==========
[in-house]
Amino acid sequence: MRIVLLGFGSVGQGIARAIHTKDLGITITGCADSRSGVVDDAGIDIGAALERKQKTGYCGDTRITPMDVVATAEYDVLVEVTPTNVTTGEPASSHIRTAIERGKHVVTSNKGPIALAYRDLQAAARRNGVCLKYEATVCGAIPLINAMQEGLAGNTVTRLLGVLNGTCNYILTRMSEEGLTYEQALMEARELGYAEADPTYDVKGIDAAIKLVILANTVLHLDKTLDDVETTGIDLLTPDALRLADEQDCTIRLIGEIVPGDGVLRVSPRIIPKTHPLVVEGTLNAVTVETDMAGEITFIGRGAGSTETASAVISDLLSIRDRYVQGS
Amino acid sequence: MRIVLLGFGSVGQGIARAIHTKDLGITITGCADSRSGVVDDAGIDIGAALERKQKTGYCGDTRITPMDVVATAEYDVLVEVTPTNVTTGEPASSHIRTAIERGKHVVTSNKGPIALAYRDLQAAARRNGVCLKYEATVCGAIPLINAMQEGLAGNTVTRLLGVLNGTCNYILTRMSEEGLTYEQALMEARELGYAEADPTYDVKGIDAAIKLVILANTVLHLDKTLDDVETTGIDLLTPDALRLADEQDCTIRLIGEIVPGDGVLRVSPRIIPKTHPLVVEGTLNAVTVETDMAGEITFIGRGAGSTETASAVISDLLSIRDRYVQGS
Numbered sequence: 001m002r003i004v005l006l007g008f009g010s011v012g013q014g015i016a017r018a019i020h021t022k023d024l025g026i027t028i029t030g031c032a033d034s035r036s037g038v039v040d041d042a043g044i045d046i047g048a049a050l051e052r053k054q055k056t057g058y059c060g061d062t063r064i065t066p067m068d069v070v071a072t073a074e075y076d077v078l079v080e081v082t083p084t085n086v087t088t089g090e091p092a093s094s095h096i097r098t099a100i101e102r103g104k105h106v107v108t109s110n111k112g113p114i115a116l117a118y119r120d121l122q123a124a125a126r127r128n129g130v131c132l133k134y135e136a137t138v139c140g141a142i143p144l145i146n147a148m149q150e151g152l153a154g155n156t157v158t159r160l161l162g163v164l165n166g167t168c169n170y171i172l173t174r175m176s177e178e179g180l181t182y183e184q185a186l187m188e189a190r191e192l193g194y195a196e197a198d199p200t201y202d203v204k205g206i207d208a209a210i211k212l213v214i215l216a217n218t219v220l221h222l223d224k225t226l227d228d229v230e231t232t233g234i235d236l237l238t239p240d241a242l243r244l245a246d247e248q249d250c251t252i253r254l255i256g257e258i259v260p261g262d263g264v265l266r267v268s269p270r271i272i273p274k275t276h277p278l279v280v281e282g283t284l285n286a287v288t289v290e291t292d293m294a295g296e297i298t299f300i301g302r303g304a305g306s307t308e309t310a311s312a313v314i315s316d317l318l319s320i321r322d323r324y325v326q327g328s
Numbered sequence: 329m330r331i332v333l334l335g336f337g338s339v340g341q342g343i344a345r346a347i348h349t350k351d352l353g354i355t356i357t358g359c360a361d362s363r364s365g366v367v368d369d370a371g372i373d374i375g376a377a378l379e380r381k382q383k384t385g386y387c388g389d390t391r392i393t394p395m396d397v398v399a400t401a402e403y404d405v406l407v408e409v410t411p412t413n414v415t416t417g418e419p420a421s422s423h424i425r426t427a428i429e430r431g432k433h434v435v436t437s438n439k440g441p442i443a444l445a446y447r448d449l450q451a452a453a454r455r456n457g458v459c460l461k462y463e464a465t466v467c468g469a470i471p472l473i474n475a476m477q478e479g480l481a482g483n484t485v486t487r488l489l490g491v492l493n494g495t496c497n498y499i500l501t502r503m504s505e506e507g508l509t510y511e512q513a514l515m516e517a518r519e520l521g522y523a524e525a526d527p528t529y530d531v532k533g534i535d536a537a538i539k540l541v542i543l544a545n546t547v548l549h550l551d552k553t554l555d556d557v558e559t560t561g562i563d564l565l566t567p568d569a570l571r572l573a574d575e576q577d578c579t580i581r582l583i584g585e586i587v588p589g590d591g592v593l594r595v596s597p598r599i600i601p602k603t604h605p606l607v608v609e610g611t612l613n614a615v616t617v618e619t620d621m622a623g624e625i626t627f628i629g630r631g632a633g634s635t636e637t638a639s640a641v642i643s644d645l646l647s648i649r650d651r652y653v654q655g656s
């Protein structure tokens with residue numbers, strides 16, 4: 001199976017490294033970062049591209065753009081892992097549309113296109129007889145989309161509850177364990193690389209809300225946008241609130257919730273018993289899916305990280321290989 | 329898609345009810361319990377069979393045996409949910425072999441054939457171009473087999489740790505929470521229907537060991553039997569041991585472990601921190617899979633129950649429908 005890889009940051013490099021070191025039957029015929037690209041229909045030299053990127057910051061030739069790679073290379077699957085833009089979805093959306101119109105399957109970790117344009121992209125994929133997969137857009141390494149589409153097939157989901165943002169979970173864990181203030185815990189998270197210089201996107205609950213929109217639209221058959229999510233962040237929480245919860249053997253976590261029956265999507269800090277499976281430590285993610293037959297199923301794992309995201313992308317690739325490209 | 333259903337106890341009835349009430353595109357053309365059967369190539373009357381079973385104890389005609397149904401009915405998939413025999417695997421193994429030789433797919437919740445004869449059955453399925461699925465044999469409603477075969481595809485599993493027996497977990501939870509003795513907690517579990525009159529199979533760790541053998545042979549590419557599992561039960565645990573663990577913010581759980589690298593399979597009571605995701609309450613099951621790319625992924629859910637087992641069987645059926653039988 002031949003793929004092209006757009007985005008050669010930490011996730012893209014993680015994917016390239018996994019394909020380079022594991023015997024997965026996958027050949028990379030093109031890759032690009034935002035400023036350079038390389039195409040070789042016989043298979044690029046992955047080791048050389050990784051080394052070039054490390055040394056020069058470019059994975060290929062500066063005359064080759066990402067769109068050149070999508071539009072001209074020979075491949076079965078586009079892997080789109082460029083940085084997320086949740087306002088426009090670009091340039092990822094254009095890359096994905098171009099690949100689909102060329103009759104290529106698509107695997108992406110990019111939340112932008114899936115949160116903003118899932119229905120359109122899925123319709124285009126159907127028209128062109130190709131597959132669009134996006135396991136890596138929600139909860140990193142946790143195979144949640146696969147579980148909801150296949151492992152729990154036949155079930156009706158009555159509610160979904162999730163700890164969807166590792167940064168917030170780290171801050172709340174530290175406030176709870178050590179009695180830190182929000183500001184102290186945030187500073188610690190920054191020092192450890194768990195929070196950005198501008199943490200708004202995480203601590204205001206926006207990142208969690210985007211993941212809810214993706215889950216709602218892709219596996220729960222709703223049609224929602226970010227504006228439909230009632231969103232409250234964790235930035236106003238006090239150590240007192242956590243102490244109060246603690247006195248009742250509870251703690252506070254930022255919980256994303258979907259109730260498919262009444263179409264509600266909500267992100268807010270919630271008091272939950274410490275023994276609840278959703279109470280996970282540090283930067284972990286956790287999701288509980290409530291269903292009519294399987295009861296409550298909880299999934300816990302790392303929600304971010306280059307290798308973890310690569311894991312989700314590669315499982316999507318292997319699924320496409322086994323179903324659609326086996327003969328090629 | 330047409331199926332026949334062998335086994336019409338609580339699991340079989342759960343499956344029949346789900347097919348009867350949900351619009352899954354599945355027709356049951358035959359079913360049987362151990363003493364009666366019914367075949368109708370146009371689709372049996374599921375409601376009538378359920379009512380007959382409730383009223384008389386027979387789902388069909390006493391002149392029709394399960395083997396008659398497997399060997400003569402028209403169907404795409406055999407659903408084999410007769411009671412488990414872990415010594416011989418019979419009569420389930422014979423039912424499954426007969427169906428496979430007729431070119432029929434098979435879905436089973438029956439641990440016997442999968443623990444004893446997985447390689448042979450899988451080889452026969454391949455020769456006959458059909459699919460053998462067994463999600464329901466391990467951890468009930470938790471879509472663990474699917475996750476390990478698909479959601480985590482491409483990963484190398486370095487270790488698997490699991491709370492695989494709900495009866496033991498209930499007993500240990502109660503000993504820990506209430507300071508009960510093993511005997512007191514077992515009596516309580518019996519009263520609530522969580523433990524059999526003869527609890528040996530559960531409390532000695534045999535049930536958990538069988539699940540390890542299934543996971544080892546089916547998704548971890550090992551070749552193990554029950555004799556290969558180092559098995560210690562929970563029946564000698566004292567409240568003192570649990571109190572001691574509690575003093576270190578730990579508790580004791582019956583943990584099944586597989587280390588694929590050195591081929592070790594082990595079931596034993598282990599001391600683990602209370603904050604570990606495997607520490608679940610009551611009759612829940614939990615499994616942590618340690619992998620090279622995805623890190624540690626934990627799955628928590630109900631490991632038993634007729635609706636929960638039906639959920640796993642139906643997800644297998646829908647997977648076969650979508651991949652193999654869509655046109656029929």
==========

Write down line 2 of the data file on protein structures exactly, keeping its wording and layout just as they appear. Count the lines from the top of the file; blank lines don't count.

Amino acid sequence: MRIVLLGFGSVGQGIARAIHTKDLGITITGCADSRSGVVDDAGIDIGAALERKQKTGYCGDTRITPMDVVATAEYDVLVEVTPTNVTTGEPASSHIRTAIERGKHVVTSNKGPIALAYRDLQAAARRNGVCLKYEATVCGAIPLINAMQEGLAGNTVTRLLGVLNGTCNYILTRMSEEGLTYEQALMEARELGYAEADPTYDVKGIDAAIKLVILANTVLHLDKTLDDVETTGIDLLTPDALRLADEQDCTIRLIGEIVPGDGVLRVSPRIIPKTHPLVVEGTLNAVTVETDMAGEITFIGRGAGSTETASAVISDLLSIRDRYVQGS